The center Lampl’s son Josh attends seems perfect for what he needs: structure and socialization. She says Josh is a “very social creature and wants to play and be creative.” During his time at the center, Josh works on activities, plays with other children and naps. Lampl says she was worried about Kindergarten, since Josh didn’t like to write, color or draw. Now, she feels “very optimistic” because he’s working on those skills every day.

Scout it out

Now that you’ve narrowed down what kind of preschool, if any, to attend, get to work by scouting out the facility you’re considering.

Here’s what to look for:

Who’s the boss? Julia Jackson of Thread tells parents to pay attention to the style of the person running the program and try to determine if their child would mesh well. “Are they firm and directive? Easy going and fun? You know your child and whether they would be turned off or interested and engaged,” she says. That personality “is super important to motivating your child for future programs and environments they are going to be in.”

Variety. The curriculum should focus on outdoor and indoor play, as well as developmentally appropriate activities.

Small group ratio. Does the preschool have a staff large enough to give your child the attention and care he needs? The National Association for the Education of Young Children (NAEYC) recommends that a preschool should have one teacher for every seven children, with no more than 14 children (and two teachers) per group. Ask what the teacher-child ratio is and decide whether that's adequate for you. No matter how many teachers they may have, a good preschool will keep groups of children small to encourage interaction and development.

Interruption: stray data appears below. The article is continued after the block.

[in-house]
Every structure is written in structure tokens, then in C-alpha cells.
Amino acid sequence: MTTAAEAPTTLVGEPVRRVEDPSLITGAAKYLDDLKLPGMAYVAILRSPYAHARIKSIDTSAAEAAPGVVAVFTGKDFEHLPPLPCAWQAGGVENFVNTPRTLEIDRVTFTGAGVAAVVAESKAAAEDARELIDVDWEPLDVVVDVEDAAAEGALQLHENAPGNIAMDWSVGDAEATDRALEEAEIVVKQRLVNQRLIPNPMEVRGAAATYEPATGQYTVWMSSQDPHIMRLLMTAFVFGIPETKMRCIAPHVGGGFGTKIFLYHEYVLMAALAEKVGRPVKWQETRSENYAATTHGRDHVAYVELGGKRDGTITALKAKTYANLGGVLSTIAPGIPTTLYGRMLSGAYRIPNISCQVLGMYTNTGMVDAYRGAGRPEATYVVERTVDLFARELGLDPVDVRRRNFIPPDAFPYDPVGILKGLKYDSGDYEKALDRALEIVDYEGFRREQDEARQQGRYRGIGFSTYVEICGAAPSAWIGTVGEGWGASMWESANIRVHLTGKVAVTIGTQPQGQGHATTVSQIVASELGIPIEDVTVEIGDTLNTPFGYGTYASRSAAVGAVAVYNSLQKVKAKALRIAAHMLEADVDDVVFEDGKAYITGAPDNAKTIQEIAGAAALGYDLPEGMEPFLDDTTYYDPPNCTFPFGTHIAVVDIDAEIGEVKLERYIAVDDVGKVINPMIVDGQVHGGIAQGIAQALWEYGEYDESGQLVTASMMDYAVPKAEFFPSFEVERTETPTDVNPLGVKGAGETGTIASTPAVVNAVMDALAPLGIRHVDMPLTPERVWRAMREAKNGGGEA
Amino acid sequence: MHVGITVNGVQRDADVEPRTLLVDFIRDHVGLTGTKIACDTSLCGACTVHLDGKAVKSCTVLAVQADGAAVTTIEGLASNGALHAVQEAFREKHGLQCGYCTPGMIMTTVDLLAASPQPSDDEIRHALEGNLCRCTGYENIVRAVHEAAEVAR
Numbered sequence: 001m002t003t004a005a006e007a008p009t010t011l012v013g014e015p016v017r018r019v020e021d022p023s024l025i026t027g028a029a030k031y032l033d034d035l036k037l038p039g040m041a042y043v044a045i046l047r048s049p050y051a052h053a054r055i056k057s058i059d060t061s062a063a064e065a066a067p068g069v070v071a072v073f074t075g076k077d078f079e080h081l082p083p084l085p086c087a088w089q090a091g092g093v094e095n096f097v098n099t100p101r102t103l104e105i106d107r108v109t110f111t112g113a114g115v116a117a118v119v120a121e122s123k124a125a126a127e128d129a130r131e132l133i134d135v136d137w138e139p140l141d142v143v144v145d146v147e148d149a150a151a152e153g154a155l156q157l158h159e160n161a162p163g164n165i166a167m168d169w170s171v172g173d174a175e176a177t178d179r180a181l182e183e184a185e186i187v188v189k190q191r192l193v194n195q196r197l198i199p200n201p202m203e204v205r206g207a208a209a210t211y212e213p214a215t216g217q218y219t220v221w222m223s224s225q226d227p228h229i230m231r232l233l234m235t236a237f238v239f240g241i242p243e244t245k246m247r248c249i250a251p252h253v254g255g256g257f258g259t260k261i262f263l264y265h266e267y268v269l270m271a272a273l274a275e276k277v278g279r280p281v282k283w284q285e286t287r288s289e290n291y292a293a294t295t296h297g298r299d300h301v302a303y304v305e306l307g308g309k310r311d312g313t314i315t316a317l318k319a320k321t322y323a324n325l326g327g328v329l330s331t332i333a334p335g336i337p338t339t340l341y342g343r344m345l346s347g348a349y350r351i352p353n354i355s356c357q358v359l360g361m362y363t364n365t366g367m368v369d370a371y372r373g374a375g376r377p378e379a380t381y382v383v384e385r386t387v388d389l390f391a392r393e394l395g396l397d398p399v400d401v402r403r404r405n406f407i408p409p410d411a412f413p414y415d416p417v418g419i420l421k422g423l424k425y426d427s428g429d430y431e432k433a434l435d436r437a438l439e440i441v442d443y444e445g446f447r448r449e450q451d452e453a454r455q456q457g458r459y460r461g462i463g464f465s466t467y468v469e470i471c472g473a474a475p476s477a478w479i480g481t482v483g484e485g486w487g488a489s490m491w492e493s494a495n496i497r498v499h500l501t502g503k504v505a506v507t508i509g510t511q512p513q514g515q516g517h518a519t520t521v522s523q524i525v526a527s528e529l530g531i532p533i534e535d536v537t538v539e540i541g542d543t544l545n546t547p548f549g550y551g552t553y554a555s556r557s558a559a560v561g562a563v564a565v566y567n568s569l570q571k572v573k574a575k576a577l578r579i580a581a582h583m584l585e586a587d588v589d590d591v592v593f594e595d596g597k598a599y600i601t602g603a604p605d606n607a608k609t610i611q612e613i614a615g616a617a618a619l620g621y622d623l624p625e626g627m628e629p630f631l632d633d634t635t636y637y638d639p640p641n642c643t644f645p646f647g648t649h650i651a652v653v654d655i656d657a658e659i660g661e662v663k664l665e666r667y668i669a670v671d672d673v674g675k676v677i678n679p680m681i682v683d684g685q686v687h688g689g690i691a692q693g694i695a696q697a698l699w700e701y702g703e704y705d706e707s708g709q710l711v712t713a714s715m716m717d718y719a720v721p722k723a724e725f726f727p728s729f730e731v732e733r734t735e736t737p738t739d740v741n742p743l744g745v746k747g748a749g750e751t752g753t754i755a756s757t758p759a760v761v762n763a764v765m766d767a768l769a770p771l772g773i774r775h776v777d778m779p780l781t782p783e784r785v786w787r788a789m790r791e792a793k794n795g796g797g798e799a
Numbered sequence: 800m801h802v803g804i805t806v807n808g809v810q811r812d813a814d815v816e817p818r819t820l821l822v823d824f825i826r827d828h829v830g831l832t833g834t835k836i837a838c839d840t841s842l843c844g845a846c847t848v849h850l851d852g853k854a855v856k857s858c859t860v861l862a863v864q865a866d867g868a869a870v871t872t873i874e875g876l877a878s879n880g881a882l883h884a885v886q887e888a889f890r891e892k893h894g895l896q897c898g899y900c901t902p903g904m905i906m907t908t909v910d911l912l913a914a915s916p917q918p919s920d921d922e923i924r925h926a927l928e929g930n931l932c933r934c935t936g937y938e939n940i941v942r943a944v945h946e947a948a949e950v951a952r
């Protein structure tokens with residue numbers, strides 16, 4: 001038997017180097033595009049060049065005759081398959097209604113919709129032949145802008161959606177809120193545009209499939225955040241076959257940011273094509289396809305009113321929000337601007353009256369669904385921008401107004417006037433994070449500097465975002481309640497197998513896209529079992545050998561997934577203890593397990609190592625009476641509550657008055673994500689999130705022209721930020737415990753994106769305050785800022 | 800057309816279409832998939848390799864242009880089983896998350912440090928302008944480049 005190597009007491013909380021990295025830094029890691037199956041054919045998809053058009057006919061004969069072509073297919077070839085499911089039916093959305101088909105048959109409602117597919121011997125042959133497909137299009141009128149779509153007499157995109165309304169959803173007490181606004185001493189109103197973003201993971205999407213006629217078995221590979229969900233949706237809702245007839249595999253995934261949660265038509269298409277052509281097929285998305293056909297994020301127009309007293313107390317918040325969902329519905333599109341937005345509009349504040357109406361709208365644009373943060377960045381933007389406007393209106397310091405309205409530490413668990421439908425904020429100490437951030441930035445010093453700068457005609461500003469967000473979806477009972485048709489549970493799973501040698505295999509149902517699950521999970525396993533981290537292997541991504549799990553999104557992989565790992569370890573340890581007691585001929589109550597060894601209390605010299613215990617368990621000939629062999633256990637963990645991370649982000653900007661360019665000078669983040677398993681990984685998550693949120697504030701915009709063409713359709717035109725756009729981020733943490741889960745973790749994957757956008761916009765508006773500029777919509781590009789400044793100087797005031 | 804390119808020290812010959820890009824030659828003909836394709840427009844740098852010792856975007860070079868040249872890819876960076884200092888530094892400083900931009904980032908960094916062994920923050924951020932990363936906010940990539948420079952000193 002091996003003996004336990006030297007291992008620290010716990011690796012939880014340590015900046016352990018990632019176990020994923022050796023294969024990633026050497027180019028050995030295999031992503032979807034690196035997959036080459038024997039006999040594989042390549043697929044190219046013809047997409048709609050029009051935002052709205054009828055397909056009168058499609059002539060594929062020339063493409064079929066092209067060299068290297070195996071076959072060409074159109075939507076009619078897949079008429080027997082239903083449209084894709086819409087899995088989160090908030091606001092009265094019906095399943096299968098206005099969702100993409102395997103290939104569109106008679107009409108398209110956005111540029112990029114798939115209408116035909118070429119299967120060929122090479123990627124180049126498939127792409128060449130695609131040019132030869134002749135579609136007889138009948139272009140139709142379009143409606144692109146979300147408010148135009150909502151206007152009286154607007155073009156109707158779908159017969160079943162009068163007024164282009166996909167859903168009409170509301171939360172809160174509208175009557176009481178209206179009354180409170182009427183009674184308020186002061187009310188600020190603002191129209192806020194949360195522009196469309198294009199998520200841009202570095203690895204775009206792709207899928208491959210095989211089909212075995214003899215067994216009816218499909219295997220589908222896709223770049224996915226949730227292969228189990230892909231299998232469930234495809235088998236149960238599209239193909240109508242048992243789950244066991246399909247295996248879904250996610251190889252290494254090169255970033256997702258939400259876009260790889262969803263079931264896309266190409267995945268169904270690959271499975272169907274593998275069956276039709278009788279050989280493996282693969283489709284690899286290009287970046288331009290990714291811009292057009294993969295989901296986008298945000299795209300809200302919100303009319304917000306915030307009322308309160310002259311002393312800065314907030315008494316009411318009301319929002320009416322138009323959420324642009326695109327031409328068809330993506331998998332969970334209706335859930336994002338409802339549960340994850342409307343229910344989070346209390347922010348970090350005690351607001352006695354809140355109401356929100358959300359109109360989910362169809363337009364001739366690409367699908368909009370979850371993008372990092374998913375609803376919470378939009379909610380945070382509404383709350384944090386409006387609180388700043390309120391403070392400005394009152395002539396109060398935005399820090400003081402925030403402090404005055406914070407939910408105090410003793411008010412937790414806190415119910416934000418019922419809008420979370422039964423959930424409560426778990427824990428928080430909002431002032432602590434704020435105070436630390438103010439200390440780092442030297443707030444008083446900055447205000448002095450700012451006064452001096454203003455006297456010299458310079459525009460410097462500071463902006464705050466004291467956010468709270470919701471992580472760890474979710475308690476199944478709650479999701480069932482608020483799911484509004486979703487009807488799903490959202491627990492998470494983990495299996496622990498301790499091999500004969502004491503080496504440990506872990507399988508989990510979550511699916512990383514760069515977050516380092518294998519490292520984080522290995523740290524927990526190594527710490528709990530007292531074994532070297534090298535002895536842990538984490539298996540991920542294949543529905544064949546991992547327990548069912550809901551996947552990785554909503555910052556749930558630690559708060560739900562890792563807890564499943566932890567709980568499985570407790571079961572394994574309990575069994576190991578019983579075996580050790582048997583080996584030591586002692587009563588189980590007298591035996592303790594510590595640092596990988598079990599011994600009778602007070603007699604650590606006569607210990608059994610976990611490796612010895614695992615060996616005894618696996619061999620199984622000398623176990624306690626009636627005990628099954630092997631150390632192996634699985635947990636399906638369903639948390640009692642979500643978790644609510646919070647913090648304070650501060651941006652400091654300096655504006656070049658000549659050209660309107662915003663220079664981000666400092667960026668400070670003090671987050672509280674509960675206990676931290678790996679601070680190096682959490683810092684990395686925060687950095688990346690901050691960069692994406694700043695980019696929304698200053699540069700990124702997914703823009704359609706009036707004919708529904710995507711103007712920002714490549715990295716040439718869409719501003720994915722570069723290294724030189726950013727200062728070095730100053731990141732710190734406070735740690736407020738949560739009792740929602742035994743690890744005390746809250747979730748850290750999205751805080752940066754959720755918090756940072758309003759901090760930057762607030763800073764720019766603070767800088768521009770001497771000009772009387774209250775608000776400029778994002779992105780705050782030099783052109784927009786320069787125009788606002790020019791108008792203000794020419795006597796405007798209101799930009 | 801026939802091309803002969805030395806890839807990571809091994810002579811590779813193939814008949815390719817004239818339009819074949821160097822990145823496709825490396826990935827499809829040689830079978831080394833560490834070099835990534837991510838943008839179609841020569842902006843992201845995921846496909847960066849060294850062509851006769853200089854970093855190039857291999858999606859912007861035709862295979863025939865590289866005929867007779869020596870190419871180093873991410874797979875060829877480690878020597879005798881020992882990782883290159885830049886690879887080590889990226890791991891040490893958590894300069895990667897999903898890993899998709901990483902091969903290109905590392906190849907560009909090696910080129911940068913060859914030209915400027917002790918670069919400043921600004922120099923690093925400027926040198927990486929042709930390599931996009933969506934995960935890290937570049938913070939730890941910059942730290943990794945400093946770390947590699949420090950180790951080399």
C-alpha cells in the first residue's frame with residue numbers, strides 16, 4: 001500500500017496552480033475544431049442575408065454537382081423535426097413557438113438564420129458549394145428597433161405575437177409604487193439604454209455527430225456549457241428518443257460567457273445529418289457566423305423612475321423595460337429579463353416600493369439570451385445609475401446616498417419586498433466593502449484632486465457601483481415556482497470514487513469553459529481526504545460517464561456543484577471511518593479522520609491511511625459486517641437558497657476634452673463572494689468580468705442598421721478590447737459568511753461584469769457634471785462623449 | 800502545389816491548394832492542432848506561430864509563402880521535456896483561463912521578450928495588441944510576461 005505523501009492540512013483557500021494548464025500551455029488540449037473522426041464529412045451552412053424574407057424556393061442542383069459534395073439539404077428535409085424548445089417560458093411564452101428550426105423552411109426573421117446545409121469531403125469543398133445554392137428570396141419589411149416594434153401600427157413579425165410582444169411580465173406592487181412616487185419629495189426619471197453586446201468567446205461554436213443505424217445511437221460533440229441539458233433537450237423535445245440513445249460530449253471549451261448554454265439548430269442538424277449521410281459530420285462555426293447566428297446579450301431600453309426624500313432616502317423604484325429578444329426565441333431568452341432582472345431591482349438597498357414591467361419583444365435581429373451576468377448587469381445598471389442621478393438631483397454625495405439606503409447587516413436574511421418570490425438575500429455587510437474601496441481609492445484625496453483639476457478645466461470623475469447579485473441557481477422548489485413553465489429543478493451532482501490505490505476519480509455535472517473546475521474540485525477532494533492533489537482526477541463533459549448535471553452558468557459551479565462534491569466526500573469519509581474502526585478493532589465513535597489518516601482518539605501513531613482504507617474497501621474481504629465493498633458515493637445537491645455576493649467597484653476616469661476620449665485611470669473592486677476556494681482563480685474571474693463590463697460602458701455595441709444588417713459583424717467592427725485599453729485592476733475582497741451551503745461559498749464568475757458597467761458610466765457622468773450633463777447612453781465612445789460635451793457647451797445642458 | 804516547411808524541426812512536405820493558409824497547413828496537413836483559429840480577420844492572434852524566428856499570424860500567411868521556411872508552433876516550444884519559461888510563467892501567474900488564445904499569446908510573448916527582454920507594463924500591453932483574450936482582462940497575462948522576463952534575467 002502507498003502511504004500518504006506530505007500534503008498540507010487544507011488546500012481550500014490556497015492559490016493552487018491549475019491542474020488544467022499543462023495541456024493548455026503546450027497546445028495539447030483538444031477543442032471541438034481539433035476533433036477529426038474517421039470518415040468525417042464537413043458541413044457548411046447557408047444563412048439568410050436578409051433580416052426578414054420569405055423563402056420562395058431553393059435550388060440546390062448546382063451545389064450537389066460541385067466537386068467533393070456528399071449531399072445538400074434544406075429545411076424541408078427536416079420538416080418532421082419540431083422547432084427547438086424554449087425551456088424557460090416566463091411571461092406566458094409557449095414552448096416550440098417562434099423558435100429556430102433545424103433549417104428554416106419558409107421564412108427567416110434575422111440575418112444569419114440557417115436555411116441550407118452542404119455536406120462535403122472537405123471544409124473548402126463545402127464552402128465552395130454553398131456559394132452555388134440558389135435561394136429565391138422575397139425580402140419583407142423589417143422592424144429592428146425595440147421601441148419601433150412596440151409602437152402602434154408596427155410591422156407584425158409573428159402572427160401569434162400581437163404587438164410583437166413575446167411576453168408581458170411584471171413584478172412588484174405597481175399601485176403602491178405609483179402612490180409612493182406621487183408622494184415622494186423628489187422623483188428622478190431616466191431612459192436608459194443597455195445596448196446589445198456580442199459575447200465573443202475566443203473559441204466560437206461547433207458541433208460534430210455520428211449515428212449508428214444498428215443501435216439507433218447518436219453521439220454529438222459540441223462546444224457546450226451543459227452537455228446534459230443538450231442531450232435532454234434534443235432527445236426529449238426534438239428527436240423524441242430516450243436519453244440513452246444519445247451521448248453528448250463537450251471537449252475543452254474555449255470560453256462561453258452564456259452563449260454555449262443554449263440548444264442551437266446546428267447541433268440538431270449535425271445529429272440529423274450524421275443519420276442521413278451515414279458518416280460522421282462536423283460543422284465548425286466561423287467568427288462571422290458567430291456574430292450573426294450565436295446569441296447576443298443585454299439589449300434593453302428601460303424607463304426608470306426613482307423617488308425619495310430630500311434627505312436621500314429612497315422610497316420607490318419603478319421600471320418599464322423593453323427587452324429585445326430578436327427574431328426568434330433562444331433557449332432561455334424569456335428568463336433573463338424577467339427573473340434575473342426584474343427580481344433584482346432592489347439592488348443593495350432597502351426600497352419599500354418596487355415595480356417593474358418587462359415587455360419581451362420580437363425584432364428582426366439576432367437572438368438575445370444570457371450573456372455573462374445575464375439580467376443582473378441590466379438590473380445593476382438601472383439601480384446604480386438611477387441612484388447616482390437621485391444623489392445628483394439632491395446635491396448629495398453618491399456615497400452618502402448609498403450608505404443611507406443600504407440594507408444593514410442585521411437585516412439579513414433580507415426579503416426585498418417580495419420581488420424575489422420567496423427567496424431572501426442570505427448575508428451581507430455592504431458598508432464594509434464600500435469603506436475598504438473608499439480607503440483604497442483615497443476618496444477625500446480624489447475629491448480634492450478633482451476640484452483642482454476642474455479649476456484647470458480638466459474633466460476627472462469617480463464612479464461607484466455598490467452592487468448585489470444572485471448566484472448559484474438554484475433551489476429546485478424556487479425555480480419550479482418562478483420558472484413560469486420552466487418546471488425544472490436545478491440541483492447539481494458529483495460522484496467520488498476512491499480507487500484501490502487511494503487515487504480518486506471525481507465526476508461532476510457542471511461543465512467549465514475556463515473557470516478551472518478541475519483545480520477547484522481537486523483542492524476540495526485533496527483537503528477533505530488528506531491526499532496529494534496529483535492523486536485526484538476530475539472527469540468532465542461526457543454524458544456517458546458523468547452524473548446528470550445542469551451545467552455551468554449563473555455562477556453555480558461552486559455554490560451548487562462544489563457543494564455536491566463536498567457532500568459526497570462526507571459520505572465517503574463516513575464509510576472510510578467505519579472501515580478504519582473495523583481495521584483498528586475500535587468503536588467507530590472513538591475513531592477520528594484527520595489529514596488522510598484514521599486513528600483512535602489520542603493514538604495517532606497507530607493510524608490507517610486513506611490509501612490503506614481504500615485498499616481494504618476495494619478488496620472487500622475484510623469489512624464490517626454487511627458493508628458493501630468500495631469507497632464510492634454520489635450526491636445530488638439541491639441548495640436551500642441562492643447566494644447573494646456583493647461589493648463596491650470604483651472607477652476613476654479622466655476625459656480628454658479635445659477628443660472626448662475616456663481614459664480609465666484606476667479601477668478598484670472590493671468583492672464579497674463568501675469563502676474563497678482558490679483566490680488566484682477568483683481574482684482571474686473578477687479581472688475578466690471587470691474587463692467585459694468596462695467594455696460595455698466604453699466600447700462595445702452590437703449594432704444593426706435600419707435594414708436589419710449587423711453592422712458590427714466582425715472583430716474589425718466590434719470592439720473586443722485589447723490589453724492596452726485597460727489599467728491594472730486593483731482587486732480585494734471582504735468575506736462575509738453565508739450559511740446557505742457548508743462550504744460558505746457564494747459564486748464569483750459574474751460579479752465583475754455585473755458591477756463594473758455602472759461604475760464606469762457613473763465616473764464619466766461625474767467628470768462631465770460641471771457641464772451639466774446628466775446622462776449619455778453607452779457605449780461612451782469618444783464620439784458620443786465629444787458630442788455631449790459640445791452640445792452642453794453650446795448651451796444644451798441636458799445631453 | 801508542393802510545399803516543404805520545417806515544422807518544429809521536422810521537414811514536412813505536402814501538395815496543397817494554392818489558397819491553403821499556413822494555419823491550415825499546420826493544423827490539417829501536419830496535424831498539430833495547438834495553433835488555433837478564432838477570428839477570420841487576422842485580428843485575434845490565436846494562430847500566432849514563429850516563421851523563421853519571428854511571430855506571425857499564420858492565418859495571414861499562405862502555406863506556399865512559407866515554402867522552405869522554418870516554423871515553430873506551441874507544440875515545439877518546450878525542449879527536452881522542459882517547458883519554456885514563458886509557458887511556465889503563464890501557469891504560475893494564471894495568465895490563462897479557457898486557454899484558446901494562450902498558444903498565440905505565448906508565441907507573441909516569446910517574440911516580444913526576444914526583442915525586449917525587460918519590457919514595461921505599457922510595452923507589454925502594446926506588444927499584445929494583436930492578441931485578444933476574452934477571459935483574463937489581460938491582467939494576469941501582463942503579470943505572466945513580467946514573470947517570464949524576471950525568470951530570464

One-on-one attention. Good preschool teachers know when to respond to individual needs. As you're visiting a preschool, assess how the preschool handles redirection, conflict resolution and opportunities to teach kids how to choose the right behavior, notes Jackson. Observe teachers closely during those times when things aren't going exactly as planned. You'll learn a lot.

A place to relax. Just like adults, kids need downtime too. “They’re preschoolers. They should have time to be babies and just need some time to relax,” says Jackson. She says look around the classroom for a safe, comfortable, quiet place like a book nook where kids can debrief and refocus. “If they don’t have that they might get over stimulated, start to reject the experience and not want to attend anymore.”

Still looking for answers or need help on where to go from here? Jackson says Thread Alaska can help. Parents can talk about what specific needs their family and child has and Thread can “generate a search that meets those needs, answer any questions about different options, standards and quality care.”

When in doubt, think about your little one – that’s key, says Jackson. “Avoid looking at the program through any lens that doesn’t include the child’s perspective. If the child doesn’t like it, then it’s not the right program.”